Kogaion and Argent OS: the interview - Part 2

Nov 19, 2015 by BogdanD

If in Part 1 of the interview we've seen how it all started, now it's time to talk about adoption rate, mobile devices and future plans. So what do you say, shall we start?

SBP: We've installed a copy of the Kogaion XFCE OS. The UI choice makes navigation simple and familiar for novice users whose usage extends to Email client usage, web browsing and media viewing. What adoption rate do you expect Kogaion to have for home users?

Stefan: I cannot be sure of the adoption rate, since we're quite new to this. I think it mostly depends on the level of documentation and communication we have with the public. It also depends on the interface, how appealing it is to the regular PC / Laptop users, and so forth.

For the moment we are steadily growing with 3 new external and static IPs per day that download packages from our servers, and we have around 50 to 100 external static IPs that download packages everyday from our deposits and repository.

SBP: The Kogaion XFCE offers the basic features one needs for a home system upon install and allows for custom package download through Ringo Application Browser. While this makes the OS light weight and highly customizable, are you planning on bundling the OS with additional software in the future? I'm referring here to a productivity suite, IDEs etc. for a full offline installation?

Stefan: Yes, we're planning to do exactly that, the moment public institutions have a plan for us. On the other hand, we're planning to support a full productivity suite for complete offline usage, such as: programs for many of the regularly used file types (PDF, DOCX, TXT, MP3, MKV etc.). That's an assurance!

SBP: In recent years, there have been a lot of attempts at a global scale to switch from proprietary software, such as Microsoft OS-es and products, to open / GNU licensed products in order to cut down on expenses. However, there have also been a lot of cases where new problems (generated by document compatibility or changes to workflow patterns) have made the switch back to Microsoft solutions less expensive that training and troubleshooting on the alternative product.

Do you feel this might be an issue for your operating systems as well, or do you intend to offer a solution that will make a transition viable?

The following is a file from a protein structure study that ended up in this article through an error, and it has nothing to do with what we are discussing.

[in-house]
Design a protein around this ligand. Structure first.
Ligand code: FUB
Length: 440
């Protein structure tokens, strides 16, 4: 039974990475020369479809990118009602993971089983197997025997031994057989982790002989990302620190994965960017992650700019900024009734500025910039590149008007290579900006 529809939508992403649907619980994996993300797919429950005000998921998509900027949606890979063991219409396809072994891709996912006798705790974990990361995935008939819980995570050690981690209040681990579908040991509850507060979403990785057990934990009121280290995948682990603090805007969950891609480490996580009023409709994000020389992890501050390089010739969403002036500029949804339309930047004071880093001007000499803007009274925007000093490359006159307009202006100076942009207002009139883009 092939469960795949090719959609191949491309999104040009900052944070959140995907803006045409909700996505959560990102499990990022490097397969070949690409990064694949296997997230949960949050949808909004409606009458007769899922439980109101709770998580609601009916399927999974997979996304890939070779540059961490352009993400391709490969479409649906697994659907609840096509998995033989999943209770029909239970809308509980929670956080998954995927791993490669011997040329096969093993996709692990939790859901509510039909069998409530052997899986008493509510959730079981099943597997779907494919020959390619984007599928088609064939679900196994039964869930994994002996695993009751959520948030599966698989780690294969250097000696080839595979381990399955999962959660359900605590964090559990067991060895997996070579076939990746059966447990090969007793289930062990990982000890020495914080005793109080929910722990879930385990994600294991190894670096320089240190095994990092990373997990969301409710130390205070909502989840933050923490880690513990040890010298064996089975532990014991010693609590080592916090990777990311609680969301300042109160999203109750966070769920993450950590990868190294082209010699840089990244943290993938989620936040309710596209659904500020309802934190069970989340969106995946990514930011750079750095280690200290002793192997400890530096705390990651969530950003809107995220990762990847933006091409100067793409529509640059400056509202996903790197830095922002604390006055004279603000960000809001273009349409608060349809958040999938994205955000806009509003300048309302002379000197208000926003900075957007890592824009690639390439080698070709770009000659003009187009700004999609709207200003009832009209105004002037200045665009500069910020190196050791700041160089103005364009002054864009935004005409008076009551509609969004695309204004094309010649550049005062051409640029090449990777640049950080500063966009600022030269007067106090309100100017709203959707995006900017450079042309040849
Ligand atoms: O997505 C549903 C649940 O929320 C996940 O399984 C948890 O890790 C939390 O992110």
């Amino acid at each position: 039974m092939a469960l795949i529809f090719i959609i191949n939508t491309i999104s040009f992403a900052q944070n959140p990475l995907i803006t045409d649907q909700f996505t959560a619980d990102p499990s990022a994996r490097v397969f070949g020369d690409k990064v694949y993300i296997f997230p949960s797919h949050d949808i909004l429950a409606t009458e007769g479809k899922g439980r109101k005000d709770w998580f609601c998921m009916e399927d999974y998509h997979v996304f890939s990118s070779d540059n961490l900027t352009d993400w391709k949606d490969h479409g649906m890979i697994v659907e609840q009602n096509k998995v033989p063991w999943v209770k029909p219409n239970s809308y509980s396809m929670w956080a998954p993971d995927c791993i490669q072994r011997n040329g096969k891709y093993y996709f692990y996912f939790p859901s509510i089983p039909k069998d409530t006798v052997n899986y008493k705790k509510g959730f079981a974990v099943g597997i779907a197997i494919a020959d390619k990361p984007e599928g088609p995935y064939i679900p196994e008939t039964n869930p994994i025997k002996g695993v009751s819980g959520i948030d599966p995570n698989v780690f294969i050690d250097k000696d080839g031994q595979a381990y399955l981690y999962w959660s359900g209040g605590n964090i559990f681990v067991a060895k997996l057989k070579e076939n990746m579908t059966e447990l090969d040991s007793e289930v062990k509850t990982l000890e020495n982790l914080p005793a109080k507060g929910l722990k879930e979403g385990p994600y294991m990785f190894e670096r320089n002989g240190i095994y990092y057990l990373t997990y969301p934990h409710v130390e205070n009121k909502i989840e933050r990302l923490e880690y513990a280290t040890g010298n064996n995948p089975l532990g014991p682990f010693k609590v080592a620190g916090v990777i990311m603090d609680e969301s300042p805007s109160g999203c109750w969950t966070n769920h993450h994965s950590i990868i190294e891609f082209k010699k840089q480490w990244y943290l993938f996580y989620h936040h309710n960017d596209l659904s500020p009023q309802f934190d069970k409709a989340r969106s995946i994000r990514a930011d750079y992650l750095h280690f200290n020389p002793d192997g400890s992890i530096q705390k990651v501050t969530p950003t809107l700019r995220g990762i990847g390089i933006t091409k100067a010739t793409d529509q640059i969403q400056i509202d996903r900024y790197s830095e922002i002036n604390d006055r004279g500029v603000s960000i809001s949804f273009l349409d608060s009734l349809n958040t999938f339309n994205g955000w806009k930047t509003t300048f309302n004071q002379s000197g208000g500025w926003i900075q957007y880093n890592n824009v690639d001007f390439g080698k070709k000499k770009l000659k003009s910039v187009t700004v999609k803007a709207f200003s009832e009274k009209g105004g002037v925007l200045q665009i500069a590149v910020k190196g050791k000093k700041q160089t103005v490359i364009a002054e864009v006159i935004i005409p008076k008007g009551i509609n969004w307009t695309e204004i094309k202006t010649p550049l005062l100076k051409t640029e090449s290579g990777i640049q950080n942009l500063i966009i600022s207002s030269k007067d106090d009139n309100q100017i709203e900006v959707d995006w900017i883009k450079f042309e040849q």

Stefan: I think that with a proper product (free of charges and licenses), and with the proper visual documentation, everything can be adapted to everything. Also, I'm convinced that our OS will be used, as long as we maintain the documentation in a clear, humane way. For example: nowadays, every program that's being used in public administration (even Windows executables) can be used in our distributions in a safe way. We just need to build a proper visual documentation.

As we see it, public administrations want to use and would definitely benefit from a robust and easily configurable GPL licensed OS, and a bit of tech support :) The public administration employees don't want to get their "hands dirty" with all sorts of operations on their operating systems. We can assure safety of use against lots of cases, once we've gathered the feedback for what they need ( i.e. feedback with required content and usage flow from local councils, and so forth).

It's Stefan's opinion that reaching out to Regional levels of public administration with their products can ultimately determine nation wide adoption of Kogaion and Argent.

SBP: We've noticed that you plan to release an ARM based OS for mobile devices. What device types / manufacturers are you planning on offering support for? I ask this because current out of the box OSs come with a lot of proprietary bloatware. How much freedom / control will the user have with the Argos OS?

Stefan: First things first - Argos is just a plan, a concept. It will be adapted firstly to Rapsberry PI, to help us create the Argos Box. The OS will be fully FOSS, maybe even licensed as GPL v3 / AGPL v3., so that everything that's being modified can never become proprietary.

Everything that can be linked with our programs will have to be fully FOSS compliant. So, yeah, "from each according to his abilities for each according to his needs" on this one (just the software part)  :).

SBP:
Is there anything you'd like to add to this article that you think readers might find interesting?

Stefan: Well, sincerely, we lack devs. If you can share what I've said above to every known IT guy, no matter the level of experience, I hope we'll be more. We actually have flat organization and development anarchy as a model of development. We don't quite love to have leaders that do appointments for the coders in the group. Each has his / her own responsibility. This gives total freedom of expression, speech and tech innovation to each of the members, including their own scripts / programs, if they develop them for themselves, but on condition of a free license for their software.

Another thing on the "to do" list is to create pilot-projects all over the country. Lots of teachers contacted us to do a partnership and create pilot-projects. Others wanted to teach Kogaion to their students and get "certified' by us for that purpose. SHARE Federation will spearhead another project on networking between high schools in Cluj-Napoca with Argent Linux, and so forth.

The plans are made, the tools are prepared, we need  more interested people. They can be part of the council after constant development :-)

So there you have it. The beginning stages of what could be an interesting step in Romanian IT evolution into a free, community driven environment, from which all can benefit, and which all can enhance through their own tech skills and feedback. Feel free to share and distribute this content to all, spread the word and support a growing community that's already doing its part for us.


Tags: Interview  OS  Romania 


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